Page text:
13 December 2007 – Case of the Week #104


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This Case is sponsored by Milestone Medical, the technological leader in Microwave Accelerated Tissue Processing.  Milestone manufactures instrumentation and accessories that enable Histologists and Pathologists to achieve the highest level of productivity, while maintaining their flexibility and safety. 


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We have updated the Stains Chapter with extensive information, references and images for the various actins, caldesmon and calponin. 


We thank Dr. R. F. Chinoy, Tata Memorial Hospital, Parel, Mumbai (India) for contributing this case.  To contribute a Case of the Week, please email info@PathologyOutlines.com with the clinical history, your diagnosis and microscopic images in JPG, GIF or TIFF format (send as attachments, we will shrink if necessary).  Please include any other images (gross, immunostains, etc.) that may be helpful or interesting.  We will write the discussion (unless you want to), list you as the contributor, and send you a check for $35 (US dollars) for your time after we send out the case.  Please only send cases with a definitive diagnosis, and preferably cases that are out of the ordinary.


Case of the Week #104


Clinical History


FNA of a neck nodule from a 22 year old man.  The requisition form indicated that this was a thyroid mass.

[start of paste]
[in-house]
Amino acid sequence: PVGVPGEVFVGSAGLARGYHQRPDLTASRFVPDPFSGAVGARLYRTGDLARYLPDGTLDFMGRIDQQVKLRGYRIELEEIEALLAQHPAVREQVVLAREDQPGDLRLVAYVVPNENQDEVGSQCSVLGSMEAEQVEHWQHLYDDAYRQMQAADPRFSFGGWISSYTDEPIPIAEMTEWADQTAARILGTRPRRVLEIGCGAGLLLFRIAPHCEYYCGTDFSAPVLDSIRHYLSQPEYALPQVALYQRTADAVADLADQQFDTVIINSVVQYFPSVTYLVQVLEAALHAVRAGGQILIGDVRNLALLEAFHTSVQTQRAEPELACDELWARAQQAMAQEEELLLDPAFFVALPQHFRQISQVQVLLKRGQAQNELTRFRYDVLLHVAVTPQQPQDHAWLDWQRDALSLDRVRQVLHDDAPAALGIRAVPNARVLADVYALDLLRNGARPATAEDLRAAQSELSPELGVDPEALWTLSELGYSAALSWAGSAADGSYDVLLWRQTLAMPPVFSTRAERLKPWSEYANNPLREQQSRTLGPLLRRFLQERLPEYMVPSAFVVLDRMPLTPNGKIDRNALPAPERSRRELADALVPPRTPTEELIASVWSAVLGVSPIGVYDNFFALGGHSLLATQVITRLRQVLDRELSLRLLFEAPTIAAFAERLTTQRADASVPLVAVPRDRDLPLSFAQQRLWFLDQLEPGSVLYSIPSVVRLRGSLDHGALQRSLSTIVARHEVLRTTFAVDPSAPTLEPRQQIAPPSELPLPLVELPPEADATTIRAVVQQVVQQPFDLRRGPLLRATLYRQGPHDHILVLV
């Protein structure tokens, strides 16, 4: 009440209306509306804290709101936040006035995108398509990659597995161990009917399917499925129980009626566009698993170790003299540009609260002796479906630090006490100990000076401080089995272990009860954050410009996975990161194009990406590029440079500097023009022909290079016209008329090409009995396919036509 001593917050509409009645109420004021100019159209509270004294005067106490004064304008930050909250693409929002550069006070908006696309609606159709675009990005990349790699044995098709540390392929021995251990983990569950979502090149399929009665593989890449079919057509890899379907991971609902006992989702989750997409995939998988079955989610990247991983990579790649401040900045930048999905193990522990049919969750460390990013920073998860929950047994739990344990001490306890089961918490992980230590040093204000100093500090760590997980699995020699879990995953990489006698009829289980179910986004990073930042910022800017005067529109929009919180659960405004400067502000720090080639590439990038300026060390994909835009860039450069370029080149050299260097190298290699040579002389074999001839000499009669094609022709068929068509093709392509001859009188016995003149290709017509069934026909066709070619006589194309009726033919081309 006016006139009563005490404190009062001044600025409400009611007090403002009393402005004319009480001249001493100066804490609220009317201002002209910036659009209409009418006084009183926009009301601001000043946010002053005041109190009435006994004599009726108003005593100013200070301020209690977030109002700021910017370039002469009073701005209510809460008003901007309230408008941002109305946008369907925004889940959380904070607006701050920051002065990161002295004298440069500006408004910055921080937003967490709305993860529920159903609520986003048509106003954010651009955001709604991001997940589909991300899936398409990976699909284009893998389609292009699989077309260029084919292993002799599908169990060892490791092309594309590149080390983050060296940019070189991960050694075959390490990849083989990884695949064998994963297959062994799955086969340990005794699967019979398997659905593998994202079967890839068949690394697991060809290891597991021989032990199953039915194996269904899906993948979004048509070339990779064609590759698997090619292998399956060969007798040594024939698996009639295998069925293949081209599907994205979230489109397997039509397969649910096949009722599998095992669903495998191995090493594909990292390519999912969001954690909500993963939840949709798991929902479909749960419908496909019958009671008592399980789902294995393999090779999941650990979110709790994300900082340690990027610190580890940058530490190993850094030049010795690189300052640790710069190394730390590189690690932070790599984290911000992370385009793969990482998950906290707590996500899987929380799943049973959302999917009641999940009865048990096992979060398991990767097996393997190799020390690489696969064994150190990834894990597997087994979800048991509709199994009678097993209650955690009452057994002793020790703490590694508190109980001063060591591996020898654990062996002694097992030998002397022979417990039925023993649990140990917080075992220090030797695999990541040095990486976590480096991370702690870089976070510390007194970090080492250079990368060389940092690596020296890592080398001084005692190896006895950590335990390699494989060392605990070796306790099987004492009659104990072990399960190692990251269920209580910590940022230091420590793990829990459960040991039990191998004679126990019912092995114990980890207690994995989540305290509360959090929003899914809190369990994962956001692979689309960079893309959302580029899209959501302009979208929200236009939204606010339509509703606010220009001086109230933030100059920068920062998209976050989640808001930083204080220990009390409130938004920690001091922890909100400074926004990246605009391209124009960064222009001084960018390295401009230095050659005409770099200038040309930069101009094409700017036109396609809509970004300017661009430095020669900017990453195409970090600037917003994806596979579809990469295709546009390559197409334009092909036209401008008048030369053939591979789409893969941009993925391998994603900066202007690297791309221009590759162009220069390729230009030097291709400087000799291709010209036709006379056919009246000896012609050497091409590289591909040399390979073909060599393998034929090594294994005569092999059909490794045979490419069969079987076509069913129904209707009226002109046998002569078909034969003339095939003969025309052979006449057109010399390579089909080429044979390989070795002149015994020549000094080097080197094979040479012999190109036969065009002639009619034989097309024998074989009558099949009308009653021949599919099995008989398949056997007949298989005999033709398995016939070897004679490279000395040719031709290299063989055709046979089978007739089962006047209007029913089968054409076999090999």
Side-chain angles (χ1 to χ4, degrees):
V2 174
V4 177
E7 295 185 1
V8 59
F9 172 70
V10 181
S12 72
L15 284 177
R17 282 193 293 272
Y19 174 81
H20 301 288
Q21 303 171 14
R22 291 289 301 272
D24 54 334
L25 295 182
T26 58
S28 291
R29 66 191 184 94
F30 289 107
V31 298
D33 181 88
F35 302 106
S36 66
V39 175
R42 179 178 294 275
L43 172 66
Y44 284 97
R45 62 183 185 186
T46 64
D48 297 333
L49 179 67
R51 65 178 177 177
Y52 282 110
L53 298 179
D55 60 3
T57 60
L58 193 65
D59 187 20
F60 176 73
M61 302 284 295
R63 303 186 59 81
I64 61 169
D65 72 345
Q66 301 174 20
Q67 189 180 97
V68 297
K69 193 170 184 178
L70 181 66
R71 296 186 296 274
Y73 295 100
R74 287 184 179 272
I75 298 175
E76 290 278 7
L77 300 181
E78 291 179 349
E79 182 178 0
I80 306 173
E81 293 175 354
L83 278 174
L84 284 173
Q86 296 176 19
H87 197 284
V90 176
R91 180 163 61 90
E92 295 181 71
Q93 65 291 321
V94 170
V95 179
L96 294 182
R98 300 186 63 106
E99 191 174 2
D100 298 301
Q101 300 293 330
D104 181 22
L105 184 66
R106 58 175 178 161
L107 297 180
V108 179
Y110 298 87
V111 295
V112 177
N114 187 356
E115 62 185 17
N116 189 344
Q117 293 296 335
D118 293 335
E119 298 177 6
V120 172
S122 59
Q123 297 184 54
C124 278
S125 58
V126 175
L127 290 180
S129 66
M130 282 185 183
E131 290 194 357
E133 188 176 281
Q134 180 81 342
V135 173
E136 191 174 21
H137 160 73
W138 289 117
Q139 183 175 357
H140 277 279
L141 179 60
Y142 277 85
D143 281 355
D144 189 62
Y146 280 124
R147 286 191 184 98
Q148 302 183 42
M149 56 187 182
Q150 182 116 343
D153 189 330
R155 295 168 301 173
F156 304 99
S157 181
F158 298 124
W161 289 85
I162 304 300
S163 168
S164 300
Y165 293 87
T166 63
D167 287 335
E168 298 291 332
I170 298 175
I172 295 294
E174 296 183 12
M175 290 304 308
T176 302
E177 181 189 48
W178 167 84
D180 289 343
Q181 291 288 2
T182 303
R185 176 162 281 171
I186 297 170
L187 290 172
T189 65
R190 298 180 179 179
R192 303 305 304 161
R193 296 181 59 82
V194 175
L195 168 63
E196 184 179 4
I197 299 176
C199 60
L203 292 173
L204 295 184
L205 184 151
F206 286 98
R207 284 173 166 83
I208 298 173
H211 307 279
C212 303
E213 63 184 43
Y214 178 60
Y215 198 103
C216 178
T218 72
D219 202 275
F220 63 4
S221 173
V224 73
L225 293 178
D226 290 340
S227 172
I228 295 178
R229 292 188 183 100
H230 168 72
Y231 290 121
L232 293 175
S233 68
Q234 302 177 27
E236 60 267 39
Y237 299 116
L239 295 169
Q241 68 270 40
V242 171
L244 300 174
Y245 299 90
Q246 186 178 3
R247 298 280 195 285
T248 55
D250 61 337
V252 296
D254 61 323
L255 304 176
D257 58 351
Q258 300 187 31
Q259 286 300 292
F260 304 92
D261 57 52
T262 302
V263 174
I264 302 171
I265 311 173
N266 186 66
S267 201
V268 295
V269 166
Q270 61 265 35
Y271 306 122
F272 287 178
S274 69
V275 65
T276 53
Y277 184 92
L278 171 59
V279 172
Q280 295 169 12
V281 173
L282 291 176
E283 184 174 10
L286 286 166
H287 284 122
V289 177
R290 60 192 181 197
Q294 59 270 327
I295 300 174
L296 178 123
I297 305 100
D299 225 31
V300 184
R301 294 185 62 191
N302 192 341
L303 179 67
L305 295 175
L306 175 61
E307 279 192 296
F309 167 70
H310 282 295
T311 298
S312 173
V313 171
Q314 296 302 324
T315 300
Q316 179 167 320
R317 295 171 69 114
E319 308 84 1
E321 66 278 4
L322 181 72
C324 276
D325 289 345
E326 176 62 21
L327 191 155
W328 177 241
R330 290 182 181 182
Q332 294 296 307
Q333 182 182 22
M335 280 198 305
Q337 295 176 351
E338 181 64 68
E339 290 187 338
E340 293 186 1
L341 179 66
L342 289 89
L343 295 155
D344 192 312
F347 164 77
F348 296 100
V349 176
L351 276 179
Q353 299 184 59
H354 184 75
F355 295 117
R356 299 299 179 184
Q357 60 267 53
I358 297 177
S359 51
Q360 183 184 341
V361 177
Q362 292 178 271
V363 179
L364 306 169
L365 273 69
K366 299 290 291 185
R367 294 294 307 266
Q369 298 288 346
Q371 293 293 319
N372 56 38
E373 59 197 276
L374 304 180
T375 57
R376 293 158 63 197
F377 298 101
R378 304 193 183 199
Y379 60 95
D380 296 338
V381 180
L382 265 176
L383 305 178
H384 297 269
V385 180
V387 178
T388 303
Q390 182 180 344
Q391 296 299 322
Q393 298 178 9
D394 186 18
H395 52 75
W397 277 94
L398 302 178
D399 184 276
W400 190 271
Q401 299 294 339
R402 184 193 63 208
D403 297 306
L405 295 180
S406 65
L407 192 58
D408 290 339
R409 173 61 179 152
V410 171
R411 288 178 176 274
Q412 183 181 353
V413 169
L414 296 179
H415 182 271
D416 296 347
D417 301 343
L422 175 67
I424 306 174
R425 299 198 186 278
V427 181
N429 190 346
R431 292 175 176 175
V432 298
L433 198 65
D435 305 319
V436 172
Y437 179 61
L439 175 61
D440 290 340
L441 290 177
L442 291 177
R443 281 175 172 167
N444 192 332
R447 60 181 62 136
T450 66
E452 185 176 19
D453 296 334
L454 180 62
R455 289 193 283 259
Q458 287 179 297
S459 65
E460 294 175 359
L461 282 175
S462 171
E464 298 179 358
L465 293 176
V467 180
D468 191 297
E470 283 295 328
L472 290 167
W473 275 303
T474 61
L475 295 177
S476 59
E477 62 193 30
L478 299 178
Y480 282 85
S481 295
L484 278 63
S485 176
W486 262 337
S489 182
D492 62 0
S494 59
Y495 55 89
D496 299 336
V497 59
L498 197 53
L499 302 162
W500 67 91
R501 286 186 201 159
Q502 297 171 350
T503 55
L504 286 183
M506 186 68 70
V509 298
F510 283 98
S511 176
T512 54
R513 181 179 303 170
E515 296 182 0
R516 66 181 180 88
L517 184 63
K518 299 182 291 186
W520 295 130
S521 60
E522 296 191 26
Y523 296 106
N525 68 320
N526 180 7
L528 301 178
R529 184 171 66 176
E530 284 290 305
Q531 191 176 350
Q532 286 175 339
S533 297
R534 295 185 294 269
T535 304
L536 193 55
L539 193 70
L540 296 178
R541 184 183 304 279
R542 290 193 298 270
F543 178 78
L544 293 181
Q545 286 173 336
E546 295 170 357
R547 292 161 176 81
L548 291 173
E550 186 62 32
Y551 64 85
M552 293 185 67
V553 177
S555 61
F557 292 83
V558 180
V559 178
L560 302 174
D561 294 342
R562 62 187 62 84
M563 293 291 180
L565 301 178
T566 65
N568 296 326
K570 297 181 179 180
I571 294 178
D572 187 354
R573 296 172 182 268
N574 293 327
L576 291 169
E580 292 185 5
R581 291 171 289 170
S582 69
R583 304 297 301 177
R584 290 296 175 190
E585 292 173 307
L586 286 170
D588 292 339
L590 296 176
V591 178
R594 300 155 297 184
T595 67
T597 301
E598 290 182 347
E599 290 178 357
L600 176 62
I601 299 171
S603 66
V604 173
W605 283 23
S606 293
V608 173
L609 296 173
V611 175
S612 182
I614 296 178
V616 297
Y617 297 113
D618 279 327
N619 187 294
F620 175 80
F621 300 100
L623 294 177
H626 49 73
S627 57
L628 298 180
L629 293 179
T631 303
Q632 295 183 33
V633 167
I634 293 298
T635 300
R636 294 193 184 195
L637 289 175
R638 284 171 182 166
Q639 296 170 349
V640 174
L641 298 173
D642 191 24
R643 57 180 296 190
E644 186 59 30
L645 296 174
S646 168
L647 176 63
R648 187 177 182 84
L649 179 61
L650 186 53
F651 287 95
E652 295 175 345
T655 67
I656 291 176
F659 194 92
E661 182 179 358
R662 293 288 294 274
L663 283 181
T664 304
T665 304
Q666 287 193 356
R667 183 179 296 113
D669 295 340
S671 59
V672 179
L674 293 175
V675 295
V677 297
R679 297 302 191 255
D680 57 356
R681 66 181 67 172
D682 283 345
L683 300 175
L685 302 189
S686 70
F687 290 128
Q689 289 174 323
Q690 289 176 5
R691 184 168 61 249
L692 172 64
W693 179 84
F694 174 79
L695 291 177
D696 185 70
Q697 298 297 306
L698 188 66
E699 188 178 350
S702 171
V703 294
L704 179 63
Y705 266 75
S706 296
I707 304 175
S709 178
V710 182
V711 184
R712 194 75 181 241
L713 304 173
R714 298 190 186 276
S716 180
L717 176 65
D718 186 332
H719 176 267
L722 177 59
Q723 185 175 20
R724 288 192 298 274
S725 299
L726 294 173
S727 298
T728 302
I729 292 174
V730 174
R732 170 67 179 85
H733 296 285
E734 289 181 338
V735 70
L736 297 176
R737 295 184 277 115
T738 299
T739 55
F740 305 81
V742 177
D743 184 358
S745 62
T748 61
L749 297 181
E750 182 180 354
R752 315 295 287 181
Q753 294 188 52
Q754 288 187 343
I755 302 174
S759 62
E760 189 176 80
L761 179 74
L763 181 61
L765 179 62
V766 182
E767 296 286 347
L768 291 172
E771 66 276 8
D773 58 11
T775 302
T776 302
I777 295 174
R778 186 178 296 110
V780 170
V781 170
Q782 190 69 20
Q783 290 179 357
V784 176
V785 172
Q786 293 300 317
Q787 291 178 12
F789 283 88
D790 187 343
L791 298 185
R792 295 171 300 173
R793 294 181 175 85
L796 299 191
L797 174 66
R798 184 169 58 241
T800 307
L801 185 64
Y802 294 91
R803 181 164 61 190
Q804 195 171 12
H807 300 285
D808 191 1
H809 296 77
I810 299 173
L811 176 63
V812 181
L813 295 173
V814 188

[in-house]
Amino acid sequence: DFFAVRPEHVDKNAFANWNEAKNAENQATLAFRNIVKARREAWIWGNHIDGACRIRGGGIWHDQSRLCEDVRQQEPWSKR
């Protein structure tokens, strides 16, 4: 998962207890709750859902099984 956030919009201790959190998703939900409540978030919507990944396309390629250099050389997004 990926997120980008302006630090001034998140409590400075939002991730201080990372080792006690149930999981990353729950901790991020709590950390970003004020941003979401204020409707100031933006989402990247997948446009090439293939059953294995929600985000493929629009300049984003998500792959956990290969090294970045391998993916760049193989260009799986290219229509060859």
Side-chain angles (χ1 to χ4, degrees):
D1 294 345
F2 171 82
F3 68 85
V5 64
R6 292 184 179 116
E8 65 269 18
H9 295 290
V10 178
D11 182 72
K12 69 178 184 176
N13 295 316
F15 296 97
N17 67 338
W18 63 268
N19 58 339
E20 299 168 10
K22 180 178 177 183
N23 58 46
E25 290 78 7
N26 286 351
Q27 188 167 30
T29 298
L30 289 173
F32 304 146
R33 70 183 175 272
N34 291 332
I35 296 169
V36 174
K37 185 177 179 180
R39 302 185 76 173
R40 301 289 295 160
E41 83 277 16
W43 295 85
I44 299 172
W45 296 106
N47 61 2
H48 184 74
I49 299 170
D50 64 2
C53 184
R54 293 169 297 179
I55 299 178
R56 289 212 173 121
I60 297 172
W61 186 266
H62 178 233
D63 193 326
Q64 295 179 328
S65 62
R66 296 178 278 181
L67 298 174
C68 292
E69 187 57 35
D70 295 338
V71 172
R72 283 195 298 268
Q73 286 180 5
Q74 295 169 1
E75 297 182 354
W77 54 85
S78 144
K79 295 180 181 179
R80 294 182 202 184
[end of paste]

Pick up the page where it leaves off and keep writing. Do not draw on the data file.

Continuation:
Cytology images: image #1;  #2#3#4  

Micro images: frozen sectionpermanent sections #1#2#3


What is your diagnosis?
































The fine needle aspirate shows sheets of bland, round to oval cells with a suggestion of whorling.  The cells have abundant cytoplasm, indistinct cell borders and nuclei with finely granular chromatin and small nucleoli.  Intranuclear inclusions are common, and occasional nuclear grooves are seen.  These features are suggestive of meningioma (Diagn Cytopathol 1999;21:402), although the location is not typical.  Subsequently, it was learned that the actual tumor location was the base of the skull.  Nuclear grooves are also uncommon in meningioma, although they have been described (Acta Cytol 1991;35:501).


The frozen section and permanent sections show features more typical of meningioma, including meningothelial cells in syncytial sheets and whorls with psammoma bodies.


The most important differential diagnosis of the fine needle aspirate is papillary thyroid carcinoma, in part because the requisition indicated (incorrectly) that this was a thyroid mass.  In addition, both tumors have nuclear pseudoinclusions, nuclear grooves and psammoma bodies.  Diagnosis may require frozen section or radiologic correlation to determine the precise location of the mass (Acta Cytol 2001;45:1053).  Immunostaining for EMA (positive in meningiomas) or keratin (weak/negative in meningioma) may be helpful.



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